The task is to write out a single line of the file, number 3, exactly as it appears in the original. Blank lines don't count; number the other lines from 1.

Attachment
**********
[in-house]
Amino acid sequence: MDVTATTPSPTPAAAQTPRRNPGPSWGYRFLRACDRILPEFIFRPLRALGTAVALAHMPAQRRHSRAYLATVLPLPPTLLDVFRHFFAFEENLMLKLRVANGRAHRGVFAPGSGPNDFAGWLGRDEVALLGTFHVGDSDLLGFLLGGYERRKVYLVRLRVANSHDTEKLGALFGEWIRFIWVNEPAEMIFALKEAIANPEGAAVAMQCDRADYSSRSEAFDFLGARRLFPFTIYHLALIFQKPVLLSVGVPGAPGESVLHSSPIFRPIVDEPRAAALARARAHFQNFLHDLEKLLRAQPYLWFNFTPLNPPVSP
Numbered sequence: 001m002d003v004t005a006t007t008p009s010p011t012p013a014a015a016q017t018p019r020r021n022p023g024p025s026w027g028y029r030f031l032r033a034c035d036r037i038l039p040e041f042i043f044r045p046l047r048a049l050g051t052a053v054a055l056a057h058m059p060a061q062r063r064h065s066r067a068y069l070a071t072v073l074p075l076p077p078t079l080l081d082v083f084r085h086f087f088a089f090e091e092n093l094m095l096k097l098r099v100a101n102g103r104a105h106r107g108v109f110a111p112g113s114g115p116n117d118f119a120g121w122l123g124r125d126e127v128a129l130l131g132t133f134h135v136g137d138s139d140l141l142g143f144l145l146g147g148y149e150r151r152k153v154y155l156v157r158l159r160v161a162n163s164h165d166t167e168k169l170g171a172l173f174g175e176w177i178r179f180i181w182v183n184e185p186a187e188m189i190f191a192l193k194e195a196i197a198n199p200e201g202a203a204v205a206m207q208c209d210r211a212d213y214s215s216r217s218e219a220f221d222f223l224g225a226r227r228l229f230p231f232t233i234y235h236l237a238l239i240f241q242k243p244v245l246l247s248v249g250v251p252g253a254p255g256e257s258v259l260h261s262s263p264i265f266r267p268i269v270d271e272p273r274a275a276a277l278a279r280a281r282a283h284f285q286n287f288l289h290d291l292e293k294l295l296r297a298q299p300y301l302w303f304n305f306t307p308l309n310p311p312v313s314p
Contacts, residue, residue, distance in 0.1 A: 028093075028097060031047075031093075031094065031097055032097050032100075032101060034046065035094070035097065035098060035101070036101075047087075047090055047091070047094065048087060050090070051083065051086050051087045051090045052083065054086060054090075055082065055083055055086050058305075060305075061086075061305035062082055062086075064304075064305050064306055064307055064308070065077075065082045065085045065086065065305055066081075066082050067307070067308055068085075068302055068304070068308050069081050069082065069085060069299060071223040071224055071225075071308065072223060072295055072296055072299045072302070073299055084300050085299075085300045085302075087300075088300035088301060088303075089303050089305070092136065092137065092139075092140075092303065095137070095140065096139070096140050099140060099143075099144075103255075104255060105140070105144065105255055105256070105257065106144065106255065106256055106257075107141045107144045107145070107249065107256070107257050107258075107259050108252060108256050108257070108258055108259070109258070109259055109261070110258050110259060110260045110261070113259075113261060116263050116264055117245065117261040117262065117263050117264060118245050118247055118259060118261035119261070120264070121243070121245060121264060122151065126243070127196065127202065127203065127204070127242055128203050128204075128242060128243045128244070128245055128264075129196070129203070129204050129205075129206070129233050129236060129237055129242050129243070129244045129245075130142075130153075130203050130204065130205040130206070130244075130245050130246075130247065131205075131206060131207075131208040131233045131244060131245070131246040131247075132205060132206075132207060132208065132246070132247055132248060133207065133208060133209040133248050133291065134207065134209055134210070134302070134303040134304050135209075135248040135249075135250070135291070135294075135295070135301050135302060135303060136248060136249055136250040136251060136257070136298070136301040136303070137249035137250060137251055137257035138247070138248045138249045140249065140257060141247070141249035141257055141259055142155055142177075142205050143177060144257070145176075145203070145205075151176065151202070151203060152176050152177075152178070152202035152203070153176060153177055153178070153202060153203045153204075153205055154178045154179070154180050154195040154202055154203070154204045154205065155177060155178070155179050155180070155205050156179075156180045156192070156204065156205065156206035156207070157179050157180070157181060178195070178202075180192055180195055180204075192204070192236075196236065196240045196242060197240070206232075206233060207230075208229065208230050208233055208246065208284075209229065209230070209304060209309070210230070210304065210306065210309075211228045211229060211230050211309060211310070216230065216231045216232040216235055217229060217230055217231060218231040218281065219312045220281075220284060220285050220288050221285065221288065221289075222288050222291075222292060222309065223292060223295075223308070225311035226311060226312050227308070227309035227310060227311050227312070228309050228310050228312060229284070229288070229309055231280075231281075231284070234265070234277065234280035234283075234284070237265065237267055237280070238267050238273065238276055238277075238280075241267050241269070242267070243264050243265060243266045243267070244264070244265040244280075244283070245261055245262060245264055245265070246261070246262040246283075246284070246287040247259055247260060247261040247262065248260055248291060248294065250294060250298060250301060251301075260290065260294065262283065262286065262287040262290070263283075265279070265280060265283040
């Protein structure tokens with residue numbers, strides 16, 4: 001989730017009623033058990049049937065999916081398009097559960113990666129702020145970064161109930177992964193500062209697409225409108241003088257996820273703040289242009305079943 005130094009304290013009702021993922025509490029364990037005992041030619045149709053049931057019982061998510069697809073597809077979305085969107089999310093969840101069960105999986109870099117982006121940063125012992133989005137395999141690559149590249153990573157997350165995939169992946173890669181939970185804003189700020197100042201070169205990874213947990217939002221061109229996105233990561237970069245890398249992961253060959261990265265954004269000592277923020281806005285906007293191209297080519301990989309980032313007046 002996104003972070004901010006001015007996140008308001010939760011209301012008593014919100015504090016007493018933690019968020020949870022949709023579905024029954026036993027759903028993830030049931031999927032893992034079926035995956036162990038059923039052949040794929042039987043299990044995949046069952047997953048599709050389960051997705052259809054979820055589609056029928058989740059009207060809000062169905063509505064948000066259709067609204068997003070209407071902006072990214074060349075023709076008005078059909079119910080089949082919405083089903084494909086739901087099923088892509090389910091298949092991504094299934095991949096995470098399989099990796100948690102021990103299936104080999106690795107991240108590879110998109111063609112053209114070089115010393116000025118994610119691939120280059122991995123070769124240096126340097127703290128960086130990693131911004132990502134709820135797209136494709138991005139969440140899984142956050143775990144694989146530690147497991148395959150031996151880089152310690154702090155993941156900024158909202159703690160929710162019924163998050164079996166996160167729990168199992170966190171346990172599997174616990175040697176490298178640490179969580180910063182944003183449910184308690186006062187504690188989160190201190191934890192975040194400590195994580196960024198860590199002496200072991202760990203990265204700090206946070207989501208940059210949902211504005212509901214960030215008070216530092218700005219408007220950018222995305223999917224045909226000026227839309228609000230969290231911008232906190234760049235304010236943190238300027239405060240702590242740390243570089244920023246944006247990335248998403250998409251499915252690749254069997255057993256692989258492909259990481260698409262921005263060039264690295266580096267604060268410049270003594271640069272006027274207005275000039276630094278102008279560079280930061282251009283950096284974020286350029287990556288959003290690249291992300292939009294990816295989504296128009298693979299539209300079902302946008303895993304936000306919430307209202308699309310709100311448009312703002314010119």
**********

Numbered sequence: 001m002d003v004t005a006t007t008p009s010p011t012p013a014a015a016q017t018p019r020r021n022p023g024p025s026w027g028y029r030f031l032r033a034c035d036r037i038l039p040e041f042i043f044r045p046l047r048a049l050g051t052a053v054a055l056a057h058m059p060a061q062r063r064h065s066r067a068y069l070a071t072v073l074p075l076p077p078t079l080l081d082v083f084r085h086f087f088a089f090e091e092n093l094m095l096k097l098r099v100a101n102g103r104a105h106r107g108v109f110a111p112g113s114g115p116n117d118f119a120g121w122l123g124r125d126e127v128a129l130l131g132t133f134h135v136g137d138s139d140l141l142g143f144l145l146g147g148y149e150r151r152k153v154y155l156v157r158l159r160v161a162n163s164h165d166t167e168k169l170g171a172l173f174g175e176w177i178r179f180i181w182v183n184e185p186a187e188m189i190f191a192l193k194e195a196i197a198n199p200e201g202a203a204v205a206m207q208c209d210r211a212d213y214s215s216r217s218e219a220f221d222f223l224g225a226r227r228l229f230p231f232t233i234y235h236l237a238l239i240f241q242k243p244v245l246l247s248v249g250v251p252g253a254p255g256e257s258v259l260h261s262s263p264i265f266r267p268i269v270d271e272p273r274a275a276a277l278a279r280a281r282a283h284f285q286n287f288l289h290d291l292e293k294l295l296r297a298q299p300y301l302w303f304n305f306t307p308l309n310p311p312v313s314p